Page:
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THINK AGAIN...

Slovak National Gallery brings art to life

With the mere mention of the word "gallery", one tends to imagine wading through scores of senior citizens, passing boring art and overhearing dreary conversation consisting of "profound" observations. Besides, actors performing in a theater or musicians playing a concert are infinitely more animate and easier to relate to than a pale piece of art or an armless and lifeless statue. This conviction is, simply put, not true.
The Slovak National Gallery (SNG) is trying to change this way of thinking by hosting a variety of exhibitions, many of which appeal to a younger generation. With the introduction of more contemporary artists, music programs and even a hip new cafe, they hope to attract a new breed of gallery-goers. In the four-story maze of rooms and halls, there are a number of featured exhibits, as well as three permanent exhibits to enjoy; each of which generally progress in reverse time-order as you walk through the gallery.


Cat attacking poultry(1706 - 1710) by Jakub Bogdan. The painter left Slovakia with his parents for religious reasons studying art in Holland. Many of his paintings were popular with the Royal family in Great Britain.

With the mere mention of the word "gallery", one tends to imagine wading through scores of senior citizens, passing boring art and overhearing dreary conversation consisting of "profound" observations. Besides, actors performing in a theater or musicians playing a concert are infinitely more animate and easier to relate to than a pale piece of art or an armless and lifeless statue. This conviction is, simply put, not true.

The Slovak National Gallery (SNG) is trying to change this way of thinking by hosting a variety of exhibitions, many of which appeal to a younger generation. With the introduction of more contemporary artists, music programs and even a hip new cafe, they hope to attract a new breed of gallery-goers. In the four-story maze of rooms and halls, there are a number of featured exhibits, as well as three permanent exhibits to enjoy; each of which generally progress in reverse time-order as you walk through the gallery.


Baroque

The exhibition titled "Baroque Art in Slovakia" features pieces from the late Renaissance and Baroque periods in Slovakia. Religious figurines without arms, painted portraits of the dead, and Messerschmidt's famous black busts of extraordinary facial expressions are on display.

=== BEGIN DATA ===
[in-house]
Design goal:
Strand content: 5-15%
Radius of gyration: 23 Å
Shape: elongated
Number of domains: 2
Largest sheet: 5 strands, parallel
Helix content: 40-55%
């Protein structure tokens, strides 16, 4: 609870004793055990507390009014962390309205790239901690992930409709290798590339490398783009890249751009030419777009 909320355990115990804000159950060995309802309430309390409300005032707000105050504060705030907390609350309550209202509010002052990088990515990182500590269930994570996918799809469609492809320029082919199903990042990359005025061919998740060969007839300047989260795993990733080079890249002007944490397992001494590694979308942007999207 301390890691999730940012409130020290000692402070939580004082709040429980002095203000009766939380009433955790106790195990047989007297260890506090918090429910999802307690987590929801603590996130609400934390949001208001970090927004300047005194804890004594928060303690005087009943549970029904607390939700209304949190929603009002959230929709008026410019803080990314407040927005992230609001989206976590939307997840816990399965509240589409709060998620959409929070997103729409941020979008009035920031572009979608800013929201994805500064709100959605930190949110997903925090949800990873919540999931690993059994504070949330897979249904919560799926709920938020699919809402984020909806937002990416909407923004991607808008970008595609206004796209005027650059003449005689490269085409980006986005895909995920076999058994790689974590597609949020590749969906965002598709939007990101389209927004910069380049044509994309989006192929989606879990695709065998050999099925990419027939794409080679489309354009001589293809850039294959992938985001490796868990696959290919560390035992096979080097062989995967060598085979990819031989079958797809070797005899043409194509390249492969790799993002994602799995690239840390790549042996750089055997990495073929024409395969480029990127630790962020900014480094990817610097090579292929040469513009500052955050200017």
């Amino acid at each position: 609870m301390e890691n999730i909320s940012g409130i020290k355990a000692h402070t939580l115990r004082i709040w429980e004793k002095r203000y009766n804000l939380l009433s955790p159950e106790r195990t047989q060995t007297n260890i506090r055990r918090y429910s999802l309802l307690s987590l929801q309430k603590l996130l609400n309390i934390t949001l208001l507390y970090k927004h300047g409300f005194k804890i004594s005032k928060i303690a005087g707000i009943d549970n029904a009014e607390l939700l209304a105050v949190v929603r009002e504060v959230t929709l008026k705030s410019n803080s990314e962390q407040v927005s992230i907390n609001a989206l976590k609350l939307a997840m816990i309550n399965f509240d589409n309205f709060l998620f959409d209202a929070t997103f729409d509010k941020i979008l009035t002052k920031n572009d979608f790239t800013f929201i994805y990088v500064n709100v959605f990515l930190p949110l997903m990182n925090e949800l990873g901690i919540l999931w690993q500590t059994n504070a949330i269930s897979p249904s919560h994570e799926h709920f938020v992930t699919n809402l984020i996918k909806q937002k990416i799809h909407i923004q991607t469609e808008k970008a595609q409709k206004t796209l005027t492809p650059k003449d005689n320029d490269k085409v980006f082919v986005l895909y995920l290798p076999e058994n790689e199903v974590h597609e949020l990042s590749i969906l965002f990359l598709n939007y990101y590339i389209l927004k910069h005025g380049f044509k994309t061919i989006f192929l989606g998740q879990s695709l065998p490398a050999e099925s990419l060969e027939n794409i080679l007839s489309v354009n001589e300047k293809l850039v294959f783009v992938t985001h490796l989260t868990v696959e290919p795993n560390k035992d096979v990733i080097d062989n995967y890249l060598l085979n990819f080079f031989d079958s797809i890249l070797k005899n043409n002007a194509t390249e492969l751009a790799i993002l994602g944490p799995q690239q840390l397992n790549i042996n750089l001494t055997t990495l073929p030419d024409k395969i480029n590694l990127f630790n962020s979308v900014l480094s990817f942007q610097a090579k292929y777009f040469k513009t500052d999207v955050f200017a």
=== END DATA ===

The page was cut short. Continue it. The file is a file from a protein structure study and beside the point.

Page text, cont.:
Mother (1933). One of the most famous Slovak paintings by Mikuláš Galanda who hadn't found himself until as he said, "like a seaman who has made a journey around the world and suddenly realizes the beauty of his native country."

There are also several beautiful fresco-style pieces painted by an unknown Central European painter in the 18th century. Many of the fine works are a result of painstaking restoration work, since many of the works were bought in horrible condition in the 1960's and 70's. The SNG devotes two halls and corridors to this collection aiming to show the early development of art on the Slovak territory.

Gothic

Progressing slightly back in time to the "Gothic Art in Slovakia" exhibition, this period is highlighted by colorful paintings of castrations and divine ascensions, as well as copious golden statues of angels commonly created in the 17th century. A temporary and excellent addition to this collection comes from the East Slovakia Museum in KoČice displaying several grail-like golden cups, iron-woven confessional doors, hand-carved church pious and even a full size suit of tournament armor from the early 1600's; including jail locks bigger than the average human head and the monstrous keys that accompany them.

Gothic art in Slovakia came from the Germans in the mid 13th century flourishing in the mining centers of central Slovakia and free towns of eastern Slovakia. The richness of towns such as Kremnica, Banská Bystrica, Banská Stiavnica, added greatly to the development of Gothic art in Slovakia.

Slovak Painters


The Gothic period produced many fine pieces like this wood carving of the Head of Christ (1480) by an unknown artist from Levoča.

"Painters of the 19th Century in Slovakia" show some of the most lively artistic expressions in the entire gallery. Some of the paintings, like the dreary still-lifes or scenic portraits cracked with age, belong in cheap hotels; with the exception of ăudovi" ‚ordŠk's fascinating, gigantic and near photo-quality scenes in nature. Out of the numerous artist's works on exhibit here, none compare with the creativity expressed by Ladislav Med¸nanský in his nearly 9' tall paintings "Nad hrobom" ("Above a Gra") and "No"ni p¸ktnici pri kriĎi" ("Night Pilgrims Before a Cross"); but his best is a painful piece titled "Sputany" ("Bound") of a slave being burned at the stake.

19th century painting in Slovakia was formed during the dark backdrop of Hungary pushing its identity onto other cultures. The SNG focuses this period with examples of work from only Slovak or Slovak-born artists. It mentions the works of "foreigners" which mostly means Hungarians that worked on Slovak soil, in text only.

Sure to be equally interesting in the month of April, British sculptor Tony Cragg brings his art inspired by laboratory glassware and children's toys to the Slovak National Gallery. The materials he uses are fascinatingly unusual, consisting mainly of steel, stone, glass, wood and iron. Starting April 17, the show will continue until June 1. Think again if the theater or a concert is really more lively and enlightening than art imitating life.

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